The aquatic thermodynamics of uranium is an important tool for evaluating the environmental risks of radioactive waste repositories. Lately, it has also become an indispensable tool in designing effective strategies for acid recuperation of uranium. Presently, there are two main methods for obtaining the standard Gibbs free energies of uranium species and precise values of ion activities. The first approach is obtaining them from redox potentials, and the second approach is obtaining them from half-wave potentials by performing voltammetries using inert noble metal electrodes immersed in solutions with redox species.
Effective application of these two approaches requires a thorough understanding of the kinetics of the interfacial reaction, particularly for multi-electron processes involving adsorption. Moreover, there are limited mechanistic studies on inert electrodes for acidic conditions, especially for reducing UO22+ to U4+. This is important because it plays a vital role in ensuring the preservation of UO22+ and U4+ as initial and final species, respectively. To date, there is a growing body of knowledge on uranyl reduction in acidic conditions. Most of these studies are based on polarography where successive electron transfer steps are assigned to different waves.
There are, however, several discrepancies involving the interpretation and analysis of the reduction waves. Recently, disproportionation reaction has been used to describe the effects of acid concentration on the diffusion currents for the initial polarographic wave. Interestingly, this reaction was observed to follow a widely accepted disproportion rate equation and the reaction can be retarded when a U(V)-U(VI) complex is formed.
Inspired by the previous findings, Andrés G. Muñoz and Stephan Weiss from Gesellschaft für Anlagen-und Reaktorsicherheit (GRS) GmbH and Helmholtz Zentrum Dresden-Rossendorf investigated the kinetics of electrochemical reduction of uranyl on gold in hydrochloric acid (HCl) solution of pH< 1. The proposed reaction mechanism was validated through numerical modeling of the voltammetric waves based on the reaction model to determine the kinetic parameters. This reaction model consisted of a first quasi-reversible electron transfer and a second interfacial U(V) intermediate species reduction with the adsorption of U(IV) products generated during the process. The role of chloride in the electron transfer as well as the implication of the disproportionation reaction during the interfacial process, was examined. Their work is currently published in the Journal of the Electrochemical Society.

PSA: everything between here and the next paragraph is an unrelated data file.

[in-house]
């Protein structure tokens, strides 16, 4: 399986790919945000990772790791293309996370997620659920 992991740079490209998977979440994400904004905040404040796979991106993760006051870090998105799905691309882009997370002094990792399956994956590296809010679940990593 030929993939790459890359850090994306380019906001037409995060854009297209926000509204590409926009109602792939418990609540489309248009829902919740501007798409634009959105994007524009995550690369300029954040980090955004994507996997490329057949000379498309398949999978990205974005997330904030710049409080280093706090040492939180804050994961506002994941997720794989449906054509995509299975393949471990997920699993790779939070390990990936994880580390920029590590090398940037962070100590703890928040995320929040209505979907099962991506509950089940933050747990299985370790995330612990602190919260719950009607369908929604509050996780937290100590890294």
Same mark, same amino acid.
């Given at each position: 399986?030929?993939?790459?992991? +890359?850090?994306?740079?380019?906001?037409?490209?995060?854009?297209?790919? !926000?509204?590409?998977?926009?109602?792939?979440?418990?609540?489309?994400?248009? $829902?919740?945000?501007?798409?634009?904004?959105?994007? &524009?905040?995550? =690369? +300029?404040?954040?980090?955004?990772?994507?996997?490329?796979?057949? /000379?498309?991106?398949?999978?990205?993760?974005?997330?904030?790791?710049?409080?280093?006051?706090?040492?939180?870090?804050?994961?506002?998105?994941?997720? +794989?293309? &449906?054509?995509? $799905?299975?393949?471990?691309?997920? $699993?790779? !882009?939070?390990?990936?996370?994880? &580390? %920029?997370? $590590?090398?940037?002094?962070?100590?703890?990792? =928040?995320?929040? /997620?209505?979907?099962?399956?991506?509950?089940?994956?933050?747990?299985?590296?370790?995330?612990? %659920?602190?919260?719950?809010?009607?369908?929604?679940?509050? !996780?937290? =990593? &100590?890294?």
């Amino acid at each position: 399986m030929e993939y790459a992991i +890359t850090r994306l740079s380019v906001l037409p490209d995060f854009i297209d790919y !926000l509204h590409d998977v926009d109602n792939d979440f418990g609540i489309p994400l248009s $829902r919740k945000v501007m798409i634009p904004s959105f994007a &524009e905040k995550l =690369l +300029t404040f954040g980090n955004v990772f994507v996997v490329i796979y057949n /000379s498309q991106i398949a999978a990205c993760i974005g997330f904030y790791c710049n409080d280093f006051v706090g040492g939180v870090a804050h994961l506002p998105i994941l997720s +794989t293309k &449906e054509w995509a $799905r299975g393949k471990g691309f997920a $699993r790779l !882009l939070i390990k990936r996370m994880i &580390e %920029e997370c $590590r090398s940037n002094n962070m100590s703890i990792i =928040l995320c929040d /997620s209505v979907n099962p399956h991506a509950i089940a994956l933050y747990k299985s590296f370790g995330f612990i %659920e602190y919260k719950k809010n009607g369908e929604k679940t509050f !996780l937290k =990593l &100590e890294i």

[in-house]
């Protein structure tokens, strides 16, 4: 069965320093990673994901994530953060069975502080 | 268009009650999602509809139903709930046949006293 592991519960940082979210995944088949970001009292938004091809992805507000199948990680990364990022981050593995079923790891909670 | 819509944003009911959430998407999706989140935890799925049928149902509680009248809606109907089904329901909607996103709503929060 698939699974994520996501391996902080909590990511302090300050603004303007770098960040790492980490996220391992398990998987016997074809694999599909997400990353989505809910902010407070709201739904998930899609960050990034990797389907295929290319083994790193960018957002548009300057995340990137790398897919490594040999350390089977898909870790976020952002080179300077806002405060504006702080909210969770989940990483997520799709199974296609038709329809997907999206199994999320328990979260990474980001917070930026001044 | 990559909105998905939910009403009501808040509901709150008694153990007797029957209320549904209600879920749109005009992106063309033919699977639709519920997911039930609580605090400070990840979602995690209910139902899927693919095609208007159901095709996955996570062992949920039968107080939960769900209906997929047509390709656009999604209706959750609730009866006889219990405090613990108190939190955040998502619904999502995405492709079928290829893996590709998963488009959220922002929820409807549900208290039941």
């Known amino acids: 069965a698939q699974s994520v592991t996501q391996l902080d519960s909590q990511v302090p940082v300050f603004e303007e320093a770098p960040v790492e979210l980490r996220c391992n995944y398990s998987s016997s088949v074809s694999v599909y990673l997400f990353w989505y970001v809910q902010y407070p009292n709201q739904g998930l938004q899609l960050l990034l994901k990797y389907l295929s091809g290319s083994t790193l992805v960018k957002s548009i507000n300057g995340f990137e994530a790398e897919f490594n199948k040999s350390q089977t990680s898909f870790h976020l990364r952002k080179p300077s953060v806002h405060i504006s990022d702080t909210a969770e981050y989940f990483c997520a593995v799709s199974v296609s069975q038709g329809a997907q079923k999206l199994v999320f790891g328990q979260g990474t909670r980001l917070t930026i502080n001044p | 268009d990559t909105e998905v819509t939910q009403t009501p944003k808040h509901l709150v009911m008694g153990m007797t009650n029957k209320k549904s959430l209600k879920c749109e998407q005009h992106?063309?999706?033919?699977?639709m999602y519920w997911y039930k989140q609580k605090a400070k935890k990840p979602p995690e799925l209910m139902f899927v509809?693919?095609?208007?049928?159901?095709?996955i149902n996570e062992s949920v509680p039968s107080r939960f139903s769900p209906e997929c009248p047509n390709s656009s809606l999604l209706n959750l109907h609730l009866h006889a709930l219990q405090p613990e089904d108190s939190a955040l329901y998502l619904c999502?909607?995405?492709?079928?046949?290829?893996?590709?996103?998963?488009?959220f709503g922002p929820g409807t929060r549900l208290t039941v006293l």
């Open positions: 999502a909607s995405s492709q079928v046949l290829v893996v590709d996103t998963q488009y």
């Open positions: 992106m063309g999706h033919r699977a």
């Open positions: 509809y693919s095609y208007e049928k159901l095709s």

The researchers showed the strong dependence of kinetic parameters on the [HCl], suggesting the occurrence of electron transfer through the inner sphere mechanism due to the chloride ligand adsorption. Through surface oversaturation of U(IV), it was possible to form micro-crystalline UO2. The electron transfer steps were closely followed by chemical dissolution assisted by a large proton concentration that facilitated the desorption and transformation of unstable uranyl in U(H2O)94+. The accumulated chloride strongly repelled the complexed uranyl, preventing the deposition of uranyl complexes at [HCl] of approximately 0.5 mol l-1. This was the cause of the significant reduction of the electron transfer rate.
In summary, the study reported the kinetics of electrochemical reduction of UO22+ to U4+ in a hydrochloric acid medium. Results showed that using a reduction mechanism that comprised a quasi-reversible first electron transfer and subsequent irreversible second electron transfer was highly effective for reproducing the current-potential curves of the voltammetric-based experiments. In a statement to Advances in Engineering, Dr. Andrés Muñoz said that the presented mechanism involving numerical reproduction of voltammetric waves is a promising strategy for determining kinetic parameters for multi-step electrochemical reactions.
Muñoz, A., & Weiss, S. (2022). Kinetic Aspects of the Electrochemical Reduction of Uranyl in HCl Solutions. Journal of the Electrochemical Society, 169(1), 016510.